A somewhat less tendentious claim, also a dime a dozen these past few weeks, holds that nothing more, or nothing new, has emerged about COVID-19’s origins since the start of the pandemic (and so any recent shift in attitude is probably unfounded). “The evidence hasn’t changed since spring of 2020,” Adam Rogers wrote in Wired. “Scientists don’t want to ignore the ‘lab leak’ theory, despite no new evidence,” read a headline in The New York Times. I made this point myself in The Atlantic, noting that “the lab-leak hypothesis is gaining currency even as the facts remain the same.” But this is false, and I was wrong—just another victim of the trap.

The evidence for a laboratory origin, like the evidence for a natural origin, may be circumstantial, and it may be weak in each specific. But it’s growing. The science journalist Rowan Jacobsen lays out the timeline in a recent piece for Newsweek. Last May, a resolute group of internet randos turned up new details about the mine in Mojiang where researchers from Wuhan had found the closest-known relative of the SARS-CoV-2 coronavirus. In June, they showed that this virus had been looked at in recent years; in August, they found that more than half a dozen other viral relatives had been sampled from the same mine (but their details were never published); and last month, they showed that the Wuhan lab’s prior descriptions of what went down at that mine were misleading. We also saw new claims, earlier this year, that three workers at the Wuhan Institute of Virology had been hospitalized for respiratory ailments in November 2019; then, just last week, Vanity Fair’s Katherine Eban added that these workers had, in fact, been running experiments on coronavirus samples. Could all of this be bullshit? Sure—but at the very least, it’s bullshit freshly dropped into the pasture.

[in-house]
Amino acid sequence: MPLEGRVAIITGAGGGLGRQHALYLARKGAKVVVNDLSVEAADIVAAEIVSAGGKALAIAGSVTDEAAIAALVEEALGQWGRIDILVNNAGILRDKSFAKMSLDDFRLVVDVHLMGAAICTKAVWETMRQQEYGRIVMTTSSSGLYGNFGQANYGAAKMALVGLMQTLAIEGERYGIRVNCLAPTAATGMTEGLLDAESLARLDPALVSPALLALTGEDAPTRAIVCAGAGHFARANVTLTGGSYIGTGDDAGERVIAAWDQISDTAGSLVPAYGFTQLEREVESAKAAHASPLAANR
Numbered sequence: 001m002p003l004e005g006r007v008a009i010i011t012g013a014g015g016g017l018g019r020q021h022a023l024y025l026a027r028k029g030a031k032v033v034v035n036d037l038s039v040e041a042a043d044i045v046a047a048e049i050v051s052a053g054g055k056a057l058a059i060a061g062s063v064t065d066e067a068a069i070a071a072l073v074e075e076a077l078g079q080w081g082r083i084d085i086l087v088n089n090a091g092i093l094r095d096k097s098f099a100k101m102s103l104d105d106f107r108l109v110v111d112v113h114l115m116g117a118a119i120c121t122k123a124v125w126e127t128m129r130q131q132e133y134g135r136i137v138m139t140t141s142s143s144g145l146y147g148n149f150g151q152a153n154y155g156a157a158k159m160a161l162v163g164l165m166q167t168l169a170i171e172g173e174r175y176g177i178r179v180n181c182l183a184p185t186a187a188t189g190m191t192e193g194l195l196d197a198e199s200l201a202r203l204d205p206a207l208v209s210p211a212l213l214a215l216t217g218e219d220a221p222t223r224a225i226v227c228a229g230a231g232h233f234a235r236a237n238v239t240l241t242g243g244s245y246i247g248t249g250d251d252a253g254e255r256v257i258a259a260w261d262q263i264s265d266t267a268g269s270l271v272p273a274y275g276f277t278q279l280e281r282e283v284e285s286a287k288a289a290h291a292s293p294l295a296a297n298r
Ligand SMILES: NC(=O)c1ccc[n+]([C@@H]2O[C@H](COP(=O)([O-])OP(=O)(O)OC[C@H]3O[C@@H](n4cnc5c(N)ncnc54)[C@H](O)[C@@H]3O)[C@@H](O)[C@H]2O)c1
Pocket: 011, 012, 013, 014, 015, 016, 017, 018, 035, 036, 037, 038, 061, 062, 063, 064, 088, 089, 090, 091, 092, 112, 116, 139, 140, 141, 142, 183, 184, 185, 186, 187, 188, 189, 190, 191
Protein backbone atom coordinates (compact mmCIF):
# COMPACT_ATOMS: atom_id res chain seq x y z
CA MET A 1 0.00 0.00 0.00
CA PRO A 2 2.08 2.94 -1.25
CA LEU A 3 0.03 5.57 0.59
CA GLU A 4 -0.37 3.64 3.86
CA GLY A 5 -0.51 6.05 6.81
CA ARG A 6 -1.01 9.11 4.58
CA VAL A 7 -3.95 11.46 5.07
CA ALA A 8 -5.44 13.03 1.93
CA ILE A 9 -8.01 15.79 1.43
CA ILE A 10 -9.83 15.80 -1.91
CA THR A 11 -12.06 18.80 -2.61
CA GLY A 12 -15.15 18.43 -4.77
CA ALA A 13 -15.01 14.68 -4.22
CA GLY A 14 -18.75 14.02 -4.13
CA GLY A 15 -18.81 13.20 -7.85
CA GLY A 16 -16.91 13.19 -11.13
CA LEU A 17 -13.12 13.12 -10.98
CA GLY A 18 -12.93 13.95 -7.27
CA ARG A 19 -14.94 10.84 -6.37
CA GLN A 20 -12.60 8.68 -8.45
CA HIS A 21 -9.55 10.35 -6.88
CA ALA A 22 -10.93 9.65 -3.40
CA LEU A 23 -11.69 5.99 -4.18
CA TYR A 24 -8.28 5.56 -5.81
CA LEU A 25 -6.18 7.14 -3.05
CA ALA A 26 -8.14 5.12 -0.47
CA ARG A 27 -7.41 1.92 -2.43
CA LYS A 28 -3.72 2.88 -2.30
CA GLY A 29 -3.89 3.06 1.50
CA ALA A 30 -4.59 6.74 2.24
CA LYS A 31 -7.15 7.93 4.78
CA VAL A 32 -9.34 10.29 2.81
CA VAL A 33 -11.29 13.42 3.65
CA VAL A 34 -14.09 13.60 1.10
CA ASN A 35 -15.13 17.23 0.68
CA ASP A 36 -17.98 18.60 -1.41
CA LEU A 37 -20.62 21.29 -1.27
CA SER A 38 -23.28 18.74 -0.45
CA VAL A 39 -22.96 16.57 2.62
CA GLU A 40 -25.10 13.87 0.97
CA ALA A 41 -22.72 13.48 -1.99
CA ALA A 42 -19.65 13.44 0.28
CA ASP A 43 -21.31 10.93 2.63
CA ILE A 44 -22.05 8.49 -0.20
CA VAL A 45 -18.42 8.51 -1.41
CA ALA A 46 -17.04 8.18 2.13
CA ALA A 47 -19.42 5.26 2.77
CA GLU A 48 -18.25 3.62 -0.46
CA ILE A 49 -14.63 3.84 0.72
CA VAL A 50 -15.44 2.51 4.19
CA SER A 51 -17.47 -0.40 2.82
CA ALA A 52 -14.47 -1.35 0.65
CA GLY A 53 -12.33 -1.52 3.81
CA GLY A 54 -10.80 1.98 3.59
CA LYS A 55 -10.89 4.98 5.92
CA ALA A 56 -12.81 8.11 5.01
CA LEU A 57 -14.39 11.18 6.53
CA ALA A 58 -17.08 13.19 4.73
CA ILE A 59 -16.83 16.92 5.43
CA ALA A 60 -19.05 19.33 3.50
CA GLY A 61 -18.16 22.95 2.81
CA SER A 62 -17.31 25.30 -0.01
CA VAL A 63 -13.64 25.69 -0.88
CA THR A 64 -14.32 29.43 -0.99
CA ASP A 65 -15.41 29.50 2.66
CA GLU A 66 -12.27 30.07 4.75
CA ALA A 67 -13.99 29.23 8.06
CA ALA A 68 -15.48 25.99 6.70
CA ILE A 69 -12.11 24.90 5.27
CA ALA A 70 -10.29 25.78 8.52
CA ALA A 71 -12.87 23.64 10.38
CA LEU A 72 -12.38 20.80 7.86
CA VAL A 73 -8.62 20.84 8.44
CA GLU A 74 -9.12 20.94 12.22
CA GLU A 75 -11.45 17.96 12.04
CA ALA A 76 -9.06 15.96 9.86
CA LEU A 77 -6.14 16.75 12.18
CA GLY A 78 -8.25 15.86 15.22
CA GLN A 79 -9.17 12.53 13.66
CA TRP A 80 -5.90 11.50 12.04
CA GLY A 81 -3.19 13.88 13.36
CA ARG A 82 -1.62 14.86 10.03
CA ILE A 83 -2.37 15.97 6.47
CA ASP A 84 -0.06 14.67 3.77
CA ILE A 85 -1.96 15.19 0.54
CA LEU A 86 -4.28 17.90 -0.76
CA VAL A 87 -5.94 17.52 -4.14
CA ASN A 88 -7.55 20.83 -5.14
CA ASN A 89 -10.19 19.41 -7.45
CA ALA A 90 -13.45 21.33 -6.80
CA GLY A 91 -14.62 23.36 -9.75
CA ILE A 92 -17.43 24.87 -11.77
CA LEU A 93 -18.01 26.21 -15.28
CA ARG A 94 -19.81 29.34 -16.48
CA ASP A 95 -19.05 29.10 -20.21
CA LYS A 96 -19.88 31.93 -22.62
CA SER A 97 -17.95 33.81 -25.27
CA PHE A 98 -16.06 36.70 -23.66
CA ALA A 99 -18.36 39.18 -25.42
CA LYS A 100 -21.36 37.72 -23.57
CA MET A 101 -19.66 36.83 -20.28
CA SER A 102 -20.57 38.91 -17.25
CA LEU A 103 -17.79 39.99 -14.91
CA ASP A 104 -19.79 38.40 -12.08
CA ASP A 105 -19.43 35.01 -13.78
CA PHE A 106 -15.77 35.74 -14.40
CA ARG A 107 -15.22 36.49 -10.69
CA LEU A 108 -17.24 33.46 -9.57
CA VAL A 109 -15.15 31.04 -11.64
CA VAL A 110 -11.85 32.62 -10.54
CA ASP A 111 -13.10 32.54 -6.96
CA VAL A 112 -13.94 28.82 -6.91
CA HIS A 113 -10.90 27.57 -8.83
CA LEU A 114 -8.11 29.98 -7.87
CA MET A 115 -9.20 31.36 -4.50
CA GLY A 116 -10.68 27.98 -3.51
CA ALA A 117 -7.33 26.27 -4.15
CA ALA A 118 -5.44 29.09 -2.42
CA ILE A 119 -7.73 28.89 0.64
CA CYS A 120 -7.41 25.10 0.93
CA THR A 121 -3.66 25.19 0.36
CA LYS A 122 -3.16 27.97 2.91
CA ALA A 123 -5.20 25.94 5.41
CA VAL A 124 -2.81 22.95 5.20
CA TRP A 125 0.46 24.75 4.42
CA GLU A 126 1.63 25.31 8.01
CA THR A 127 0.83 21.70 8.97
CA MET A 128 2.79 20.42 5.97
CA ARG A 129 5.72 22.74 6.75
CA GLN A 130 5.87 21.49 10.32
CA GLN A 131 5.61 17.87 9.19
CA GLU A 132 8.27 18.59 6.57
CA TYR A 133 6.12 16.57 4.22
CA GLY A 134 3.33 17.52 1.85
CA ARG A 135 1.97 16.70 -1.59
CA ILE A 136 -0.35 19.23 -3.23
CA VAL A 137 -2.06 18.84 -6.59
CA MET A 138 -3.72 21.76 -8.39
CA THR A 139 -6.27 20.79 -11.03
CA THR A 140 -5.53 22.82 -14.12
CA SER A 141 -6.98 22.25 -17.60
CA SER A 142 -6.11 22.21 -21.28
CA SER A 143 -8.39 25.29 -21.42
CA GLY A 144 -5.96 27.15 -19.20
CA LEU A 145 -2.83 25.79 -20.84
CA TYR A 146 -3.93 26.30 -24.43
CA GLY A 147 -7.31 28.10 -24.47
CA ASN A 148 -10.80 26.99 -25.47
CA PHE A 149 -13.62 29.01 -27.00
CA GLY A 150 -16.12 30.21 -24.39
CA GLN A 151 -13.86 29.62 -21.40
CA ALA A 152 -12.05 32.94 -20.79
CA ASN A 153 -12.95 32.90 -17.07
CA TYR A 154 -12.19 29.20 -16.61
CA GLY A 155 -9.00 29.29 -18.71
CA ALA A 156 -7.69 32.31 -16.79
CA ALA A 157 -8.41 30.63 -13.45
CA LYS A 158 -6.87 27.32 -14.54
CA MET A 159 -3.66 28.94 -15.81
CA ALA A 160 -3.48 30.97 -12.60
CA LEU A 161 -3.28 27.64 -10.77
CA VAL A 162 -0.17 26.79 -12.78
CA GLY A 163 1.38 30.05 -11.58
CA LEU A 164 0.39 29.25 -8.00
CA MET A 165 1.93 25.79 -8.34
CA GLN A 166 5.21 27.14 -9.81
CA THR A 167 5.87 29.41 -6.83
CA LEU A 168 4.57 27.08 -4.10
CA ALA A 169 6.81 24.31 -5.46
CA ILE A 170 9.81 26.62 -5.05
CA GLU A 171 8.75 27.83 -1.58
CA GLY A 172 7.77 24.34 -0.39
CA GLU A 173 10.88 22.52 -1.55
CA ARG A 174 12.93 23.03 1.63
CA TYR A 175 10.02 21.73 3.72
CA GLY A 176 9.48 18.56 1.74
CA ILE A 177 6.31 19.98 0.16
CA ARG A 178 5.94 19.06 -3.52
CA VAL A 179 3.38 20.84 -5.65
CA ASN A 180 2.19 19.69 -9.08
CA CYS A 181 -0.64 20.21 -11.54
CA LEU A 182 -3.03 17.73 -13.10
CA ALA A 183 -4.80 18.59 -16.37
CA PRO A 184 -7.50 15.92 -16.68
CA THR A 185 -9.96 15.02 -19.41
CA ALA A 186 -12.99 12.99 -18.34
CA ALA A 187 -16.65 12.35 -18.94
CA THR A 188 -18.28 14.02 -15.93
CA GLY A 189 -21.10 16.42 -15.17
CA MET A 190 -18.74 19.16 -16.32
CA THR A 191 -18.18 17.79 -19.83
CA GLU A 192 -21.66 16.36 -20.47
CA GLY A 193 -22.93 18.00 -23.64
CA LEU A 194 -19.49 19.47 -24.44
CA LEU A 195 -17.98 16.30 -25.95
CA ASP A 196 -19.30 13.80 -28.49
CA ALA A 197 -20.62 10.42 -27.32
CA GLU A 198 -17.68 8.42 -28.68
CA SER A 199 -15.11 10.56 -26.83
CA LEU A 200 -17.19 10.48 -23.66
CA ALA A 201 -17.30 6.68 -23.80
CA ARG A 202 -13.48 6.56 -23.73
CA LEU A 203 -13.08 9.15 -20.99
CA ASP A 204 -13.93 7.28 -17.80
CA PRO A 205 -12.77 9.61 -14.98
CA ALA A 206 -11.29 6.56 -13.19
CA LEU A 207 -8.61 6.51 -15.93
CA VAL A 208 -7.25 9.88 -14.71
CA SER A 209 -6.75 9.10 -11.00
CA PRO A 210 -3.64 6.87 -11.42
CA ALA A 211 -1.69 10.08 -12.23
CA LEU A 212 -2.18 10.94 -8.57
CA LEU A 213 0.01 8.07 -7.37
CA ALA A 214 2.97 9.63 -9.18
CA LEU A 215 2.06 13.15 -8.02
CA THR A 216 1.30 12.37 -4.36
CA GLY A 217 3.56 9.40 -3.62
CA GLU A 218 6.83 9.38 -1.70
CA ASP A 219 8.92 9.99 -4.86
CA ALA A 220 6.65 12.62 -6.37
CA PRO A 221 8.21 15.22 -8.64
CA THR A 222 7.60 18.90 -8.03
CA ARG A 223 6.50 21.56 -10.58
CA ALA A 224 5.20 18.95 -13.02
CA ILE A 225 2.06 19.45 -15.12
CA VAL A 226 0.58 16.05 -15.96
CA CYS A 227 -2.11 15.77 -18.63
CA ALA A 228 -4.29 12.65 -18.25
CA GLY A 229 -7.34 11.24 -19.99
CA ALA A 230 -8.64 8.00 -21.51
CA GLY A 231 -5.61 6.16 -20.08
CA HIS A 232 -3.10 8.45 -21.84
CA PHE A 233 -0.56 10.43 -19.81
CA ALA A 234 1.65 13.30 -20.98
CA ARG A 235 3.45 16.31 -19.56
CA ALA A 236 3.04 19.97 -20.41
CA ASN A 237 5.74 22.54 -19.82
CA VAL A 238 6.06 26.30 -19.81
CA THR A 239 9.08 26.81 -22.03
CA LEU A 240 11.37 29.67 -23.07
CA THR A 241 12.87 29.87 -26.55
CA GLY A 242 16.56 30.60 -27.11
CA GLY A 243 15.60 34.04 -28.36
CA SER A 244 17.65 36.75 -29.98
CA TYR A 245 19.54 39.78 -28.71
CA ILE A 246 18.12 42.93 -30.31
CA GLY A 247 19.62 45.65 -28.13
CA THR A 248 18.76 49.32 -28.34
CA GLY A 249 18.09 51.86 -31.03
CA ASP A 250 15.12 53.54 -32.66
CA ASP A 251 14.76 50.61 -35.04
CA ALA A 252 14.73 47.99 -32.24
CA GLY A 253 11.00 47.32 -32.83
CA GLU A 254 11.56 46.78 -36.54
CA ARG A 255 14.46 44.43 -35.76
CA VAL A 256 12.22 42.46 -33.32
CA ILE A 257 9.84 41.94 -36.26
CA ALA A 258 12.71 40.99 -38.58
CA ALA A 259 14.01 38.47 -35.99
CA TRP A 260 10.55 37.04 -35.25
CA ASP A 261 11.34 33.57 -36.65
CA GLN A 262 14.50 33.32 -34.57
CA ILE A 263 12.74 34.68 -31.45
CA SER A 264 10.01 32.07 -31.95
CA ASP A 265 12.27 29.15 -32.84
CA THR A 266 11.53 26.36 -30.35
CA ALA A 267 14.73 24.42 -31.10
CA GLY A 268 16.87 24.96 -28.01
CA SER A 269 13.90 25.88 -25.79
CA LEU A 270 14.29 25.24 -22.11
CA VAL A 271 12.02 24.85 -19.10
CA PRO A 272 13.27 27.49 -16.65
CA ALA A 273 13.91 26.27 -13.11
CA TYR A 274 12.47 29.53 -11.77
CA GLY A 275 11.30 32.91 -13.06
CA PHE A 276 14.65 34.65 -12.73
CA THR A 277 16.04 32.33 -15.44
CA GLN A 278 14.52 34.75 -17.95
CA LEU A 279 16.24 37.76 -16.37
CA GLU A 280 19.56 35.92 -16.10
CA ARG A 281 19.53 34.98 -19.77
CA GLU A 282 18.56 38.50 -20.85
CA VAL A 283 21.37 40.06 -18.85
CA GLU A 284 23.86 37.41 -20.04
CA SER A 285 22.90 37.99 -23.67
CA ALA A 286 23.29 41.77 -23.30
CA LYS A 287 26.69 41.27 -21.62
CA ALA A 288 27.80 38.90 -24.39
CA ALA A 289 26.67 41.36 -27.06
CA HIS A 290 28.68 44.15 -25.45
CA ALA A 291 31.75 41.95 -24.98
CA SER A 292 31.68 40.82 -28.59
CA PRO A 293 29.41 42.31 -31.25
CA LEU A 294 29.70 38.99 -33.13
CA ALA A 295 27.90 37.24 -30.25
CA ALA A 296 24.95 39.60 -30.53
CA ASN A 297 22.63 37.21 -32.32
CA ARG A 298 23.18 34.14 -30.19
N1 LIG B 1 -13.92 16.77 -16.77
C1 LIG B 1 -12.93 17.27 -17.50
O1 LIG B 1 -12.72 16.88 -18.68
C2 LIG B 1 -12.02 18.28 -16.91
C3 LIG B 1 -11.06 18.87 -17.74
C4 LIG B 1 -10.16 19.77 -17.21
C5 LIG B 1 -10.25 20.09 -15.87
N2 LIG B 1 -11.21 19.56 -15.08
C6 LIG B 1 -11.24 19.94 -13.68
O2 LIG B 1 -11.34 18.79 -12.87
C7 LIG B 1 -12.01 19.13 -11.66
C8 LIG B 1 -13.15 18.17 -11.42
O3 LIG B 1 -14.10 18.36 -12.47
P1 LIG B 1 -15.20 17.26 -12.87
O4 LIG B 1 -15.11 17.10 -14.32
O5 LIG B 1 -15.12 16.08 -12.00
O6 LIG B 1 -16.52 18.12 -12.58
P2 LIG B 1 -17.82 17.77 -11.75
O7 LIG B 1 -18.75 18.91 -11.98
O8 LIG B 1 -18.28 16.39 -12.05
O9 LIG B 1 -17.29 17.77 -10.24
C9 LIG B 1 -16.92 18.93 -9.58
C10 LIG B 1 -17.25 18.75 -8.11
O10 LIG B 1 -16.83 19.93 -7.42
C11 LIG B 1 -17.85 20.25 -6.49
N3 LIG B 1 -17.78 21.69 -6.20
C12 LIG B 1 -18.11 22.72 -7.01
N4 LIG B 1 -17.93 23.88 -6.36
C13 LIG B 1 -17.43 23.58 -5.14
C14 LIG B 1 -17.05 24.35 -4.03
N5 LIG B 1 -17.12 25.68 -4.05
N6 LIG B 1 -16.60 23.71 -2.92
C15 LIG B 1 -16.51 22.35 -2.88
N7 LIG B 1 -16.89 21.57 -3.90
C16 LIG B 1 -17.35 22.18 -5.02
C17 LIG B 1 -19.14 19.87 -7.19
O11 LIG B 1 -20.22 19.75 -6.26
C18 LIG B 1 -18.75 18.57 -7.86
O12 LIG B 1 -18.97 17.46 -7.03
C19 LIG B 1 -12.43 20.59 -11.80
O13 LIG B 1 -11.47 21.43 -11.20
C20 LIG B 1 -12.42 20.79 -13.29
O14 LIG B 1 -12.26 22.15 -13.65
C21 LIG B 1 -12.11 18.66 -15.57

Keep in mind that circumstantial evidence for a natural origin has been growing too. A paper published just this week provided evidence that live wild mammals—and potential viral hosts—were sold by the thousands across Wuhan’s wet markets in the months leading up to the pandemic.

The mere existence of evidence for the lab-leak hypothesis, or of new evidence since last spring, is not up for debate. When the experts tell you otherwise, take it as hyperbole: This evidence is so lame, it might as well not exist. Then try to understand why they think it’s lame.

The Mad-Scientist Trap

The lab-leak theory isn’t singular; rather, it’s a catchall for a continuum of possible scenarios, ranging from the mundane to the diabolical. At one end, a researcher from the Wuhan Institute of Virology might have gone out to sample bat guano, become infected with a novel pathogen while in the field, and then seeded it back home in a crowded city. Or maybe researchers brought a specimen of a wild-bat virus back into the lab without becoming infected, only to set it free via someone’s clothes or through a leaky sewage pipe.